The only comprehensive list of British medical libraries hitherto available has been that in The Aslib directory 1928, and there is an extended account of those in London…
The only comprehensive list of British medical libraries hitherto available has been that in The Aslib directory 1928, and there is an extended account of those in London in Reginald Rye, The students' guide to the libraries of London (3rd ed., 1927), pp. 362–77. The new list, here put forward, is intended to bring the information from those two books of reference up to date, after nearly twenty years. British libraries are briefly listed among ‘Medical libraries outside North America’ in the Medical Library Association's A handbook of medical library practice, ed. Janet Doe, Chicago, American library association 1943, chapter 1, appendix 2, pages 41–64. The meagre information in that list, if contrasted with the detailed documentation of American and Canadian libraries in successive issues of the American medical directory, accentuates the need for us to know ourselves better. Several, perhaps many, medical librarians have had to compile lists of kindred libraries for their own convenience. A list which I had thus prepared seemed to Aslib to offer adequate basis for a Directory of British medical libraries, and in order to complete it Aslib issued a questionnaire in the autumn of 1944 to libraries known to possess medical collections and to hospitals, medical societies, and medical institutions throughout the British Isles. The information obtained from the generous response to this questionnaire is epitomized in the list which follows. I am responsible for all omissions and errors and I hope that those who detect any will supply corrections and additions so that this preliminary list may be revised and become a definitive Directory.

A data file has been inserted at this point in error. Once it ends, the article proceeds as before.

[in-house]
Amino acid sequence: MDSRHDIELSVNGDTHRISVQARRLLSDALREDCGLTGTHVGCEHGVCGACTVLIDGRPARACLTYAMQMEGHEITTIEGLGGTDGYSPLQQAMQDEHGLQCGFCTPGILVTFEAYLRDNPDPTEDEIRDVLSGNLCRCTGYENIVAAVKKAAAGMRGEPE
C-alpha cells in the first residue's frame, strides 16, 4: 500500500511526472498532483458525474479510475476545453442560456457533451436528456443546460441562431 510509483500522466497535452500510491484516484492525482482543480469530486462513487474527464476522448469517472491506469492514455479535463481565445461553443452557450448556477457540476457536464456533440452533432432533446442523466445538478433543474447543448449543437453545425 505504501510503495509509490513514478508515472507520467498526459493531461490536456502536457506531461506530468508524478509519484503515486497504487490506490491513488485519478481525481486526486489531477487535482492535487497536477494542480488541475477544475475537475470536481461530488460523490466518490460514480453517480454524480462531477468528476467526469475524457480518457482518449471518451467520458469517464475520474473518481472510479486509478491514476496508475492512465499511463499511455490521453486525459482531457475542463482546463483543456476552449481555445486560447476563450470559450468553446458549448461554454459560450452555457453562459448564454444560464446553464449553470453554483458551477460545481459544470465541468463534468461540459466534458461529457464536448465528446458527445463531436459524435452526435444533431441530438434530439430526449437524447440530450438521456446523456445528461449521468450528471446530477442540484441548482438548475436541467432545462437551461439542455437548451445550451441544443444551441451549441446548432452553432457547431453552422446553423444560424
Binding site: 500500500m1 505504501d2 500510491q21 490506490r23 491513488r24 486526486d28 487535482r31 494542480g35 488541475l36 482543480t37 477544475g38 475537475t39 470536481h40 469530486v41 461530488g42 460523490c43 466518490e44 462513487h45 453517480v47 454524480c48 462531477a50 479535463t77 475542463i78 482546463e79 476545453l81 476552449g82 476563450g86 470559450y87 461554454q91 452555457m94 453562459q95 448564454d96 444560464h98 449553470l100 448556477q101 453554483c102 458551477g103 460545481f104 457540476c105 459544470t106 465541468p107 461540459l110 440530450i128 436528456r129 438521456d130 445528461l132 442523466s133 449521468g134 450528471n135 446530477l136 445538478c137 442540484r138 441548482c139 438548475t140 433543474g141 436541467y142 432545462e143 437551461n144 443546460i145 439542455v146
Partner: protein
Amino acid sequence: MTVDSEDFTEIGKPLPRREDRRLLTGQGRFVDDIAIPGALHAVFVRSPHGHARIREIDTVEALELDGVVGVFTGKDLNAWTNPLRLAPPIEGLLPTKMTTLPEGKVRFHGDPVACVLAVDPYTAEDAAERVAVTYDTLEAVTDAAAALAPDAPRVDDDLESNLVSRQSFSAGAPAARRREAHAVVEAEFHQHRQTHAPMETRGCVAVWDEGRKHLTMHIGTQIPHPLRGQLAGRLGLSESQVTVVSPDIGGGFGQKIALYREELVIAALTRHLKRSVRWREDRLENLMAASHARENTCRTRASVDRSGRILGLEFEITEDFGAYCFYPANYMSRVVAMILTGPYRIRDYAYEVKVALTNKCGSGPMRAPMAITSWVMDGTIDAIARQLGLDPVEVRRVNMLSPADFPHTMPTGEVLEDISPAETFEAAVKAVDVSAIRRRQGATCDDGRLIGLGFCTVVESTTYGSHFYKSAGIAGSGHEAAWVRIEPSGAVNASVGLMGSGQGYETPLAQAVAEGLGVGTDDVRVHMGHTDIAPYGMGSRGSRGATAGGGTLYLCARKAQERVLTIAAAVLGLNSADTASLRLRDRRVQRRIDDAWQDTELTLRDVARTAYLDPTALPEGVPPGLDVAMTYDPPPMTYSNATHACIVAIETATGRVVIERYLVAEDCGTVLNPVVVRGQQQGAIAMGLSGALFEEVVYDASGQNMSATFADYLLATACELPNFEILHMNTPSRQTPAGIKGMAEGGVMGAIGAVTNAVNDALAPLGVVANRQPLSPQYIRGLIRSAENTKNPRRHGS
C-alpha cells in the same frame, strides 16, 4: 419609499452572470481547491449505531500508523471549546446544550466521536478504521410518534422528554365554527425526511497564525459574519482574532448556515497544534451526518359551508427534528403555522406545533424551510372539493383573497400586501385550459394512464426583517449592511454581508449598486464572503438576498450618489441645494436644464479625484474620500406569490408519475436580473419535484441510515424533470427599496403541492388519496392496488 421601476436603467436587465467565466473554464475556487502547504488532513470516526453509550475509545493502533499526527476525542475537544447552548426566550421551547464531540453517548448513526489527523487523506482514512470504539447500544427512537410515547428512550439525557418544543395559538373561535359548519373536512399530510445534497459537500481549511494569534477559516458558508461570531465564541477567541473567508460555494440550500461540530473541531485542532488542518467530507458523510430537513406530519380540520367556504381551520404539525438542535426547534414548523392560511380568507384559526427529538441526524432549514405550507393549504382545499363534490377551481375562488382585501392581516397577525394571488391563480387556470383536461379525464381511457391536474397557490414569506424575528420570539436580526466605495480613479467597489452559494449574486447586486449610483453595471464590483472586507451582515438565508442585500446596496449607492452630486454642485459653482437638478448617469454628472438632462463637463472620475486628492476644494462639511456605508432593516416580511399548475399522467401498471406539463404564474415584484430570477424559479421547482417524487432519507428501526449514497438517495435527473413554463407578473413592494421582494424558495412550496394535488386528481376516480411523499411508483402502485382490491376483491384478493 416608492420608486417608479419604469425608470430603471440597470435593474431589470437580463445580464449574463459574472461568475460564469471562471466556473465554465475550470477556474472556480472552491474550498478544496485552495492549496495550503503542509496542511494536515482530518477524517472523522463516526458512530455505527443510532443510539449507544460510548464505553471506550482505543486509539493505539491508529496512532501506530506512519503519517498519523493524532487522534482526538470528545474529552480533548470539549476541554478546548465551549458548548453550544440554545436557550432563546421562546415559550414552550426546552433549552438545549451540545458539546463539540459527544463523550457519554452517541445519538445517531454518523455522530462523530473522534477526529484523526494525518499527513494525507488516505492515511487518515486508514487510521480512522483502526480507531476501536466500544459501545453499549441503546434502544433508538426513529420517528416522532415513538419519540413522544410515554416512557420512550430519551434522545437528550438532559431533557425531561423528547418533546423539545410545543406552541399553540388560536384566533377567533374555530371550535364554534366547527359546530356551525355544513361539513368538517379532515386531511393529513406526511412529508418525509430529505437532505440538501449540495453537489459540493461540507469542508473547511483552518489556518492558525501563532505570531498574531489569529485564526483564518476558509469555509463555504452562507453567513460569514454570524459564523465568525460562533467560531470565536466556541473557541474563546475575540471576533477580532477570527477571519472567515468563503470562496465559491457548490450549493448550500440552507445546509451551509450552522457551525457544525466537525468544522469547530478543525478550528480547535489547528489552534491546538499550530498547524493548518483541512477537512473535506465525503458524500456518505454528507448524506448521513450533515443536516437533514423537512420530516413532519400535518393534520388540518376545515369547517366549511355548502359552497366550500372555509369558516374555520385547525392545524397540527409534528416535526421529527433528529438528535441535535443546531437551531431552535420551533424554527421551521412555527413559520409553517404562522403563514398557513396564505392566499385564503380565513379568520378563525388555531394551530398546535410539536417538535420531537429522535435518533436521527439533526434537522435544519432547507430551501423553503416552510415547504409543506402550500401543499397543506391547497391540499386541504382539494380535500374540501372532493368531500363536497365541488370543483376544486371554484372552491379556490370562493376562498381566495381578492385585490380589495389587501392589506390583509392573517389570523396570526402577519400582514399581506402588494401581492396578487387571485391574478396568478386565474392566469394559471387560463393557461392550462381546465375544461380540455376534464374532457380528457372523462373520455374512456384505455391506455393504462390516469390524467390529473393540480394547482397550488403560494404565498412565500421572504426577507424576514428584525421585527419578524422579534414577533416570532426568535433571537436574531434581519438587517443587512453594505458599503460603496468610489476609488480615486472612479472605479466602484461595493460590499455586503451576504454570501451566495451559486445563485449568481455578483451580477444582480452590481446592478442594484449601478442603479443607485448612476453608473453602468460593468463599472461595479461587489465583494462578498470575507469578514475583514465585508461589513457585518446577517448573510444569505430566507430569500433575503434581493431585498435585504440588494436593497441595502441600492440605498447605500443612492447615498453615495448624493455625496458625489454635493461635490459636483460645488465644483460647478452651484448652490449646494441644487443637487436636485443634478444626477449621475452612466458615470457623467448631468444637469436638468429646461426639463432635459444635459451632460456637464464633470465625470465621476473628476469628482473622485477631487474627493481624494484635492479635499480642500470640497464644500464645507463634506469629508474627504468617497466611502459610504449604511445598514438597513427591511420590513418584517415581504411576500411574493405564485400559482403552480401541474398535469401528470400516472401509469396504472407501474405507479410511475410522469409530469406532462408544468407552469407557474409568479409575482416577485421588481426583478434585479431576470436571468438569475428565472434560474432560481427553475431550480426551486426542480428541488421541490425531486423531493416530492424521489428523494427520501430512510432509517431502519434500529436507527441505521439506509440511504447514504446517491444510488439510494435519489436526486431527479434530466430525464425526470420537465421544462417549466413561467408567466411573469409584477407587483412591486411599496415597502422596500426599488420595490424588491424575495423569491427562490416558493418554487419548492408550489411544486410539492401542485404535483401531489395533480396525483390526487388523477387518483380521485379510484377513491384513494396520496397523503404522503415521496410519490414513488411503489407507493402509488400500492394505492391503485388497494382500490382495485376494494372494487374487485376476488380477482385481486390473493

Australian states have embraced clinical networking as a mechanism for managing, organising and improving the quality of care. Using these individualised state approaches…
Australian states have embraced clinical networking as a mechanism for managing, organising and improving the quality of care. Using these individualised state approaches to clinical networks, in this paper the authors aim to examine this Australasian “experimentation” and present lessons for other health systems.
The paper draws on current knowledge from the literature on clinical networks. The 2010 Inaugural Australasian Clinical Networks Conference also serves as a primary resource, as well as the authors' extensive discussions with policy‐makers, managers and clinicians in Australasian systems.
Key themes from the literature include: network type (mandated or natural, and hybrids); network purpose; the importance of network objectives; drivers of network success and barriers; the need for consumer engagement; and the difficulty of evaluating network effectiveness. Policy challenges include the establishment of networks for some specialty areas and not others; how to develop common standards across networks; and the need for performance metrics to assess network impact on patient outcomes. Australian networks report difficulties with achieving greater involvement of rural clinicians and indigenous populations, and with private sector clinical engagement. There are challenges too with implementation, at service level, of models of care and recommendations.
Clinical networks are becoming a fundamental vehicle for clinical improvement and change across complex organisational and professional boundaries. How to nurture and sustain effective clinical networks is of import to every health system and the authors invite stakeholders in health systems to network and share their empirical research on clinical networks to assist with distinguishing the evidence from the rhetoric.